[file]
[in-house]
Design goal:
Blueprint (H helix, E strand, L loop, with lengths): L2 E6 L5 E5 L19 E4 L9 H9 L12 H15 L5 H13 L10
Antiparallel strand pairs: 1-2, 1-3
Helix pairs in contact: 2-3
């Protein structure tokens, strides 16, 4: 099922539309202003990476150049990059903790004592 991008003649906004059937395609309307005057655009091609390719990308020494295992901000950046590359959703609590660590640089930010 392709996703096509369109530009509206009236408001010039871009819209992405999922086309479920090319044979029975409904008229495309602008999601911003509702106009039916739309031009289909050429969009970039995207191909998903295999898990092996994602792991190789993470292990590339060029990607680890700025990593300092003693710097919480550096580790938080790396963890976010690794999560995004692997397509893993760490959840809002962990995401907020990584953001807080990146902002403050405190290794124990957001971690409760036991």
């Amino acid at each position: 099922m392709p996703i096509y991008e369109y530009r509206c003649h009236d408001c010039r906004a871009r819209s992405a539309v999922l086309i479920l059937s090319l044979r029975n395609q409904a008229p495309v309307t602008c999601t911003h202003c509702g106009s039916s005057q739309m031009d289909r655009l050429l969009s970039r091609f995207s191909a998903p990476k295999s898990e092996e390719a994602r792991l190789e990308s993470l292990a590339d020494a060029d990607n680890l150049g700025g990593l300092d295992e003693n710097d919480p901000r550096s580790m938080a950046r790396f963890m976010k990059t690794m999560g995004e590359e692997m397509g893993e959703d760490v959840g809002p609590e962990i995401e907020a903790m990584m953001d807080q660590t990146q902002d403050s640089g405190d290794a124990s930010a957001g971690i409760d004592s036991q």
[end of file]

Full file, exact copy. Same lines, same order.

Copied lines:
[in-house]
Design goal:
Blueprint (H helix, E strand, L loop, with lengths): L2 E6 L5 E5 L19 E4 L9 H9 L12 H15 L5 H13 L10
Antiparallel strand pairs: 1-2, 1-3
Helix pairs in contact: 2-3
């Protein structure tokens, strides 16, 4: 099922539309202003990476150049990059903790004592 991008003649906004059937395609309307005057655009091609390719990308020494295992901000950046590359959703609590660590640089930010 392709996703096509369109530009509206009236408001010039871009819209992405999922086309479920090319044979029975409904008229495309602008999601911003509702106009039916739309031009289909050429969009970039995207191909998903295999898990092996994602792991190789993470292990590339060029990607680890700025990593300092003693710097919480550096580790938080790396963890976010690794999560995004692997397509893993760490959840809002962990995401907020990584953001807080990146902002403050405190290794124990957001971690409760036991």
């Amino acid at each position: 099922m392709p996703i096509y991008e369109y530009r509206c003649h009236d408001c010039r906004a871009r819209s992405a539309v999922l086309i479920l059937s090319l044979r029975n395609q409904a008229p495309v309307t602008c999601t911003h202003c509702g106009s039916s005057q739309m031009d289909r655009l050429l969009s970039r091609f995207s191909a998903p990476k295999s898990e092996e390719a994602r792991l190789e990308s993470l292990a590339d020494a060029d990607n680890l150049g700025g990593l300092d295992e003693n710097d919480p901000r550096s580790m938080a950046r790396f963890m976010k990059t690794m999560g995004e590359e692997m397509g893993e959703d760490v959840g809002p609590e962990i995401e907020a903790m990584m953001d807080q660590t990146q902002d403050s640089g405190d290794a124990s930010a957001g971690i409760d004592s036991q």